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LASTWEEK'S foray into the regions dealt with one aspect of language, but what about the everyday usage that teachers hear in the classroom? And does that have any bearing on learning and achievement?

Bernstein thought so. In the 1970s, Basil Bernstein was professor of sociology at London's Institute of Education. He developed a theory of language codes, arguing that middle-class parents had jobs that relied on the use of language. At home, behaviour was negotiated and rules explained. "Please don't climb up the aspidistra," says mummy, "I've an awful headache and I must get this novel finished." The result was an elaborate code whereby children learnt to describe events in context and to qualify statements.

In working-class homes, children were less exposed to complex language forms. At work, parents were less likely to rely on language skills: at home communication would be more direct and utilitarian. Discipline was based on simpler forms of authority - "Do that again an' I'll clout yer."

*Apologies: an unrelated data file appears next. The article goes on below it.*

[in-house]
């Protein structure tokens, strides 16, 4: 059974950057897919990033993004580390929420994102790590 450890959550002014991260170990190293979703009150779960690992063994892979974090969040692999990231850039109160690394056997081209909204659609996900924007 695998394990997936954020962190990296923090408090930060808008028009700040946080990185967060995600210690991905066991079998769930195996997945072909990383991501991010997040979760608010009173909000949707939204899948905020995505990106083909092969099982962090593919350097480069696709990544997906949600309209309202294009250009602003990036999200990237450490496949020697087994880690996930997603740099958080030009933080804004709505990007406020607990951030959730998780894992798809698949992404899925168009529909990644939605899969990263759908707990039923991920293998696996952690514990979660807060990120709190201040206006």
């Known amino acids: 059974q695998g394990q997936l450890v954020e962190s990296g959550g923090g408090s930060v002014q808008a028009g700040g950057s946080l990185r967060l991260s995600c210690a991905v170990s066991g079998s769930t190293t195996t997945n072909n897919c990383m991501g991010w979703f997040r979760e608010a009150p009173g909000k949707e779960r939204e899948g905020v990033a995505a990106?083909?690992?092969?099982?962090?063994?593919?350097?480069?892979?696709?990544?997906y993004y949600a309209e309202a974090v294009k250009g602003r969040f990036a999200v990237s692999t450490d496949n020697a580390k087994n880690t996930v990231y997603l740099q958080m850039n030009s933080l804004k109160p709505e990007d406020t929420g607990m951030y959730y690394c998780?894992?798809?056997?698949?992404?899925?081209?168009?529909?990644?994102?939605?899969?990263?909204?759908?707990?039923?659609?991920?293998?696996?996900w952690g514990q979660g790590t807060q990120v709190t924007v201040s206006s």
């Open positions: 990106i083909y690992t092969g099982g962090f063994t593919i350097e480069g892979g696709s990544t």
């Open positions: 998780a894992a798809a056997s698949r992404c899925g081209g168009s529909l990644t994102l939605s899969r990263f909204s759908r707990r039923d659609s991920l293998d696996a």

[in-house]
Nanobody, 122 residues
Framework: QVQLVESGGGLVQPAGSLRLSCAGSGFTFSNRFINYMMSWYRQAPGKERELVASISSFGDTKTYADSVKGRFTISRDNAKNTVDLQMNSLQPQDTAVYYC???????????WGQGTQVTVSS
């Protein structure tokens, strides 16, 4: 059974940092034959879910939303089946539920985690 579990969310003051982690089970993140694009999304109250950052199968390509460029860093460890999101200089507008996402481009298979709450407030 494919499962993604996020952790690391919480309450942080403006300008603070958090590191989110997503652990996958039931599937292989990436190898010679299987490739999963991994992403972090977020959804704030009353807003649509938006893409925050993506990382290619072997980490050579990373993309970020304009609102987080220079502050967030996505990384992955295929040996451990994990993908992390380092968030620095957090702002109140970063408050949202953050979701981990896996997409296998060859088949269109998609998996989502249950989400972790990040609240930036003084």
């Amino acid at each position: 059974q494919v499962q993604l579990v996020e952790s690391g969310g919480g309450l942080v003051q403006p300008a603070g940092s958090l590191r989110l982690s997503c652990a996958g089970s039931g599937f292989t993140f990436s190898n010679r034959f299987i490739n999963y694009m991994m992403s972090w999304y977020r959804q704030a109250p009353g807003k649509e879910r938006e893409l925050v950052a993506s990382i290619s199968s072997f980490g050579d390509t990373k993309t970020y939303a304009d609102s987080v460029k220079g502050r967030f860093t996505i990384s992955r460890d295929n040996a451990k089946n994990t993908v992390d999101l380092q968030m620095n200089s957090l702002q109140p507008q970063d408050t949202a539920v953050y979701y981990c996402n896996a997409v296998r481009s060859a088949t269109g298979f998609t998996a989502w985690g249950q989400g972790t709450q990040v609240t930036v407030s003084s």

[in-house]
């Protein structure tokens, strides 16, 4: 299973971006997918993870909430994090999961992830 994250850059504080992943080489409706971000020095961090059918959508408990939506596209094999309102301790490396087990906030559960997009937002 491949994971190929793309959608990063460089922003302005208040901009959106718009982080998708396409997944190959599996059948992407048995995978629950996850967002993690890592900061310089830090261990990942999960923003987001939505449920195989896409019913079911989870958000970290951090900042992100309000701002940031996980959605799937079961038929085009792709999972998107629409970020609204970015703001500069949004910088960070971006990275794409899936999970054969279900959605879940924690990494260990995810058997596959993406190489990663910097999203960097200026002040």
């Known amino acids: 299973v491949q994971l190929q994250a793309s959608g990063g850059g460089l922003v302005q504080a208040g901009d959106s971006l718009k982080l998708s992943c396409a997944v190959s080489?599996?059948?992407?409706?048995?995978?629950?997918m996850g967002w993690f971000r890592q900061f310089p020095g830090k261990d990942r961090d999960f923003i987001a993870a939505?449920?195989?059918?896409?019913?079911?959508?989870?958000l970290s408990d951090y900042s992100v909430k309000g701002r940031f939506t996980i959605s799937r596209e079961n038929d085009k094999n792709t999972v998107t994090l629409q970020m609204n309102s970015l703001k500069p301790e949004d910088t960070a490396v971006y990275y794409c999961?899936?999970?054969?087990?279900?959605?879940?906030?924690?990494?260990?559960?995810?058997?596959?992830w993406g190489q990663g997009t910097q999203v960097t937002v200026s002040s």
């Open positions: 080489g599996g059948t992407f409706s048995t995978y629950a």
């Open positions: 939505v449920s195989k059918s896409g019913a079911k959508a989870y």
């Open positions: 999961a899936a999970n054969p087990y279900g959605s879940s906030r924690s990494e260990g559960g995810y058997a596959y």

This, argued Bernstein, produced a restricted code. He tested this theory by showing a series of pictures to children. Middle-class kids described boys playing football in the street. One kicks a ball through the window of one of the houses. The owner appears and berates the culprits. Working-class children were more likely to say: "They've broken that man's window."

But schools, Bernstein pointed out, rely on an elaborate code, particularly for assessment. The result further disadvantages children who are already penalised by poverty.

To describe this theory as controversial would be an understatement. Bernstein was lambasted for stereotyping families and misrepresenting the richness of working-class culture. It didn't help when two Americans used a version of his theory to imply that black inner-city children needed remedial help with English because their street argot was inadequate.

Twenty years later, class divisions have blurred. But if parents rely on the telly as a babysitter and a slap as an explanation, their children won't arrive in school with a rich and ready vocabulary. And homes in which both parents are too busy earning money to spend time with their children are equally unlikely to produce the next Wilde, Austen or Shaw.

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